I think the “Perks” look like reasonably good value for a regular EQ player. I don’t play enough for it to be worth my while getting any of them but if the option arrives in EQII I’ll certainly consider it.

    Of course, Daybreak could give every subscriber a $50 rebate and MassivelyOP would somehow manage to spin it into a scam. There was a brief break in the hate cloud over there when EG7 appeared but now Ji Ham is back the skies have gone dark again. As you point out, none of this is remotely new and it mirrors the exact same practices in other mmos but some developers can do no wrong and others no right, apparently, even when they’re doing the exact same thing.

    The ironic thing is, had Darkpaw just put these options into the cash shop as packages and not sent out a press release about it, no-one would have given a hoot. They have the capacity to send emails directly to subscribers (I just got one about the new expansion) so since there’s virtually no chance anyone else has a genuine interest, if I was in their marketing department I’d suggest using direct contact for anything like this in the future. No need riling the rabid dogs any more than usual.

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  2. Par Menio

    As someone with a job and who understands inflation, I would prefer to pay $30-50/month for a subscription and eliminate all the pay to win stuff. The market is clearly not on my side though. People vote with their wallets and they vote for cash shops and PTW over the subscription model. Everyone complaining about it sounds like old men whining that those new fangled automobiles are crowding out good ol’ horses. It’s what people want.

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  3. kiantremayne

    I think the question is whether this is a case of “let’s ask for more money because we think players will cough up more” because it’s only good business sense not to leave money on the table, or is it “oh shit we can’t afford to keep providing a service at the current price” and the perks are a thinly disguised increase in sub price because whilst Daybreak daren’t be the first to raise sub price, it’s that or go bust.

    My suspicion is that back in the golden age of MMOs, $15 per month was way, WAY more than the operating costs per user, so even a game with a couple of hundred thousand subscribers was highly profitable and having a million or more was a money-printing machine. Inflation has eroded that margin, but only the finance guys at the studios know whether it’s down to “still worthwhile” or “can’t pay the bills on $15 subs” levels. The thing is, very few MMOs now are dependent on the subs. WoW sells race changes and server transfers, I believe FFXIV has some paid extras, ESO has an extensive cash shop full of houses, cosmetics and some in-game conveniences in addition to a sub (which is optional, but highly advised). I suspect Daybreak are the last outlier in terms of being at the mercy of the immutable $15 subscription.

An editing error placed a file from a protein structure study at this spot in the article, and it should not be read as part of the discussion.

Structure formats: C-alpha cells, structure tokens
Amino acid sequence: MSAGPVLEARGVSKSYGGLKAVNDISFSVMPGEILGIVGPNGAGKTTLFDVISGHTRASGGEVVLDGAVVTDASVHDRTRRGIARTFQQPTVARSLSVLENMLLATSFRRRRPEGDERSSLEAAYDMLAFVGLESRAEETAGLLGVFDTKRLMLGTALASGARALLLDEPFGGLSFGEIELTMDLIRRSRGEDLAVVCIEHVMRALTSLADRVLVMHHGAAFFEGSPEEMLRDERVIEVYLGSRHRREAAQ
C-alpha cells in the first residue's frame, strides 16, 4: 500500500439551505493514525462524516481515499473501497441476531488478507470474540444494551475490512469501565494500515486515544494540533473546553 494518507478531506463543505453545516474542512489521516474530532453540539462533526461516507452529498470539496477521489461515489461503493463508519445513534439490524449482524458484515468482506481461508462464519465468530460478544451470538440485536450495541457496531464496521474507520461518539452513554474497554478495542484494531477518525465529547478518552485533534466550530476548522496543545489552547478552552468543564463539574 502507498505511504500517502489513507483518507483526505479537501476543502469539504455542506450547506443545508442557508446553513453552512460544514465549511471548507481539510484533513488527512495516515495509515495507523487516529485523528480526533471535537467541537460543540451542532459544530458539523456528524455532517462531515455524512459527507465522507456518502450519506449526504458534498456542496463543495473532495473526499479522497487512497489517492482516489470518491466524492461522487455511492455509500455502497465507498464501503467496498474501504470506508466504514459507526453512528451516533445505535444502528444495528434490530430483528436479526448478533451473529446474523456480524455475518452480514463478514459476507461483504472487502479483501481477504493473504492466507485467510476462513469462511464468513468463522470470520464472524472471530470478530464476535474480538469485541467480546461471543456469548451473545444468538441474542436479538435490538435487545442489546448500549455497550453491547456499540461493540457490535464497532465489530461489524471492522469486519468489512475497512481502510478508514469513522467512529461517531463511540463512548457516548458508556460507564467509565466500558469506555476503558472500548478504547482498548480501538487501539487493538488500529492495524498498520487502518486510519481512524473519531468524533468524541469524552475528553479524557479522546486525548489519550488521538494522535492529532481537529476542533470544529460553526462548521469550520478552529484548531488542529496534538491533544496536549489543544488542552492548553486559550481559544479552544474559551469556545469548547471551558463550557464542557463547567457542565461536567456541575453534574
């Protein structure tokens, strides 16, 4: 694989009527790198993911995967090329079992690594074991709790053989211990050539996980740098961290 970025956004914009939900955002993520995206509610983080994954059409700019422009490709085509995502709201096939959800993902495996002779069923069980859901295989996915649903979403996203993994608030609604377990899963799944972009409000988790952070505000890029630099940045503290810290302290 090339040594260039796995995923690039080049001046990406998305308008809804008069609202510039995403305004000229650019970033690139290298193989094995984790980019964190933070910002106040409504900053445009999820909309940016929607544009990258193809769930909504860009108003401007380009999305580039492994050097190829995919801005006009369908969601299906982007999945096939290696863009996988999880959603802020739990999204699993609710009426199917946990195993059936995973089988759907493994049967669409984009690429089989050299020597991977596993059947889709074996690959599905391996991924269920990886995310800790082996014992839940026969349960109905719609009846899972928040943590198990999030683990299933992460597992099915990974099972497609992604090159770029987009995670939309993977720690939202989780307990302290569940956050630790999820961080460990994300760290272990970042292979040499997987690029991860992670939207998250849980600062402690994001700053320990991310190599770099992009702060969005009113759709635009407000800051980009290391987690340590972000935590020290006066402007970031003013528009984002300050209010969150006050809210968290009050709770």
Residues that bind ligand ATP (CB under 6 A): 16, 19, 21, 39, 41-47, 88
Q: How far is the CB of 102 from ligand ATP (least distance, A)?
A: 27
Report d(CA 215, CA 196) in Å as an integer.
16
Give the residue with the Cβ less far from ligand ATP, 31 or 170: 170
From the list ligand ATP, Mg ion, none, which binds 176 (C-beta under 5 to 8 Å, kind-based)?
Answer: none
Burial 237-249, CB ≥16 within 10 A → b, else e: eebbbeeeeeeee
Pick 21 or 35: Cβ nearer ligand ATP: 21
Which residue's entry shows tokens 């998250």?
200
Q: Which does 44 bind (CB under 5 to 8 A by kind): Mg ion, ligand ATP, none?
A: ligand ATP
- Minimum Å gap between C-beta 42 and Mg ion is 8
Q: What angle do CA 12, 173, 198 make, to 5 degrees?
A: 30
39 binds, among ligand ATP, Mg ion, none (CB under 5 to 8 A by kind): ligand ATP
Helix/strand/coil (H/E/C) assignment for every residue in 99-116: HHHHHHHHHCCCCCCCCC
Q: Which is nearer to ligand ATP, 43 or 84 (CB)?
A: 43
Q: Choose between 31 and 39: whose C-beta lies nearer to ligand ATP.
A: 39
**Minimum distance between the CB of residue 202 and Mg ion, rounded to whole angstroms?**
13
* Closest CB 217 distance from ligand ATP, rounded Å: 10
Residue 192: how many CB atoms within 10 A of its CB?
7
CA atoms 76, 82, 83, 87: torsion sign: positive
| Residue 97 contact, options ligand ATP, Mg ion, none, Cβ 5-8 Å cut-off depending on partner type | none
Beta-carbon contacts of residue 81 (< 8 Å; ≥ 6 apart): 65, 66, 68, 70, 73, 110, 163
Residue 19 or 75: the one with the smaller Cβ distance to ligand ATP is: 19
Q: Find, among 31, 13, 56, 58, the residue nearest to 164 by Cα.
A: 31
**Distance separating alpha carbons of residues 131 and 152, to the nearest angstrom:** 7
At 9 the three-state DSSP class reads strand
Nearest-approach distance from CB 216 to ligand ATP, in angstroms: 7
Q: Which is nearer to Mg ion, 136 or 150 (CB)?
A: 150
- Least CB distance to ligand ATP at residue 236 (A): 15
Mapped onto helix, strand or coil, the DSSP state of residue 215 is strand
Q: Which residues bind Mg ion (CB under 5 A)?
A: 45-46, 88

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  4. Wilhelm Arcturus Post author

    @kiantremayne – I am struggling a bit to parse what you have written. I would argue vehemently against the idea that two of the titles you mentioned, WoW and FFXIV, are anything but completely dependent on subscriptions for revenue. If your title requires a subscription to play, then you’re pretty much on board with that as a primary revenue stream.

    They both dip into other revenue streams, but player services has always been priced more to keep people from abusing them than to make them a revenue stream. (Level boosts are different.) Mounts and battle pets for cash are likely far more lucrative, being make once sell many. (And they don’t carry the support burden of character services. People change their mind on those a lot and call up and want things undone or done differently and since they’ve paid some money Blizz tries to accommodate them. I have been both witness to, and heard from support people, what customers will get up to on that front.) Even WoW Tokens are probably more profitable than player services, if you factor in customer support.

    And writing “FXIV has some paid extras” almost made me laugh out loud. Unless I am very much off base from what I have read it has a base subscription, an upgraded subscription, optional subscriptions for retainers, paid expansions, and a very extensive cash shop. But I still bet the subscription is both the largest and the most consistent revenue stream for the game.

    Daybreak is certainly less committed to, if not dependent on, subscriptions than either WoW of FFXIV. They want you to subscribe, and hand out bennies for subscribers, but you can play their games without a subscription and they have an extensive cash shop as well that allows you to buy boosts, buffs, and unlocks ala carte that put you on the same playing field as subscribers. And their subscription gets you access to four titles. They just want some steady revenue, which is something cash shops have problems delivering.

    Interestingly, the perks came out for EQ only so far, which is also the title that has the highest number of subscribers in their portfolio. (source) So maybe it is something that people want. It is optional.

    But the main gist of my post was that players (and the gaming media) seem pretty up in arms at any price increase or any feeling that they are being pressured to buy something from the cash shop, but also want a constant supply of fresh content and games taking risks on new ideas. These two do things do not mesh well.